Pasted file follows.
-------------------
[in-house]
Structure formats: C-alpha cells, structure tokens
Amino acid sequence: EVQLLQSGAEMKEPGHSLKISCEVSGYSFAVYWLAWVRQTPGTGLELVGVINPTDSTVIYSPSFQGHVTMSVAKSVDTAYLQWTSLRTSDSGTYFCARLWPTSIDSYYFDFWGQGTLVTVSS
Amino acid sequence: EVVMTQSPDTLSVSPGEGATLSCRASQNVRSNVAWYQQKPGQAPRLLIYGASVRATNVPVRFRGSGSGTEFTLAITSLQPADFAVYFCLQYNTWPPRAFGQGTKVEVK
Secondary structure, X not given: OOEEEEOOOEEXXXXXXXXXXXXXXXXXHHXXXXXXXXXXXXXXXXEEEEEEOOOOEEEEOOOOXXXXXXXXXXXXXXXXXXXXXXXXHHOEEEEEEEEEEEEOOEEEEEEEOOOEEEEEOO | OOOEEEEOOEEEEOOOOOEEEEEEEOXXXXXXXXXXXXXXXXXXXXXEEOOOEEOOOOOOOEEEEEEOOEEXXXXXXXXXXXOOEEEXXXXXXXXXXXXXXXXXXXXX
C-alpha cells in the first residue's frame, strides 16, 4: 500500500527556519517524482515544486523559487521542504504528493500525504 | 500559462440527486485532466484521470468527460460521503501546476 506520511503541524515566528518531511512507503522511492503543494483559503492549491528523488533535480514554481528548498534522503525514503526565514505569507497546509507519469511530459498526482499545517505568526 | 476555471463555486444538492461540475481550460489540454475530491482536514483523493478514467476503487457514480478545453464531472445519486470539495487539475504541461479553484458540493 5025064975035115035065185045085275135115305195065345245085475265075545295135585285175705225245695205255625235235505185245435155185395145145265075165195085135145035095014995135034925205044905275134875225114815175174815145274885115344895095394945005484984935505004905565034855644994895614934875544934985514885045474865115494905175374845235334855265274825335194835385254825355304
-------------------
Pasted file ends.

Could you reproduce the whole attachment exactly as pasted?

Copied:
[in-house]
Structure formats: C-alpha cells, structure tokens
Amino acid sequence: EVQLLQSGAEMKEPGHSLKISCEVSGYSFAVYWLAWVRQTPGTGLELVGVINPTDSTVIYSPSFQGHVTMSVAKSVDTAYLQWTSLRTSDSGTYFCARLWPTSIDSYYFDFWGQGTLVTVSS
Amino acid sequence: EVVMTQSPDTLSVSPGEGATLSCRASQNVRSNVAWYQQKPGQAPRLLIYGASVRATNVPVRFRGSGSGTEFTLAITSLQPADFAVYFCLQYNTWPPRAFGQGTKVEVK
Secondary structure, X not given: OOEEEEOOOEEXXXXXXXXXXXXXXXXXHHXXXXXXXXXXXXXXXXEEEEEEOOOOEEEEOOOOXXXXXXXXXXXXXXXXXXXXXXXXHHOEEEEEEEEEEEEOOEEEEEEEOOOEEEEEOO | OOOEEEEOOEEEEOOOOOEEEEEEEOXXXXXXXXXXXXXXXXXXXXXEEOOOEEOOOOOOOEEEEEEOOEEXXXXXXXXXXXOOEEEXXXXXXXXXXXXXXXXXXXXX
C-alpha cells in the first residue's frame, strides 16, 4: 500500500527556519517524482515544486523559487521542504504528493500525504 | 500559462440527486485532466484521470468527460460521503501546476 506520511503541524515566528518531511512507503522511492503543494483559503492549491528523488533535480514554481528548498534522503525514503526565514505569507497546509507519469511530459498526482499545517505568526 | 476555471463555486444538492461540475481550460489540454475530491482536514483523493478514467476503487457514480478545453464531472445519486470539495487539475504541461479553484458540493 5025064975035115035065185045085275135115305195065345245085475265075545295135585285175705225245695205255625235235505185245435155185395145145265075165195085135145035095014995135034925205044905275134875225114815175174815145274885115344895095394945005484984935505004905565034855644994895614934875544934985514885045474865115494905175374845235334855265274825335194835385254825355304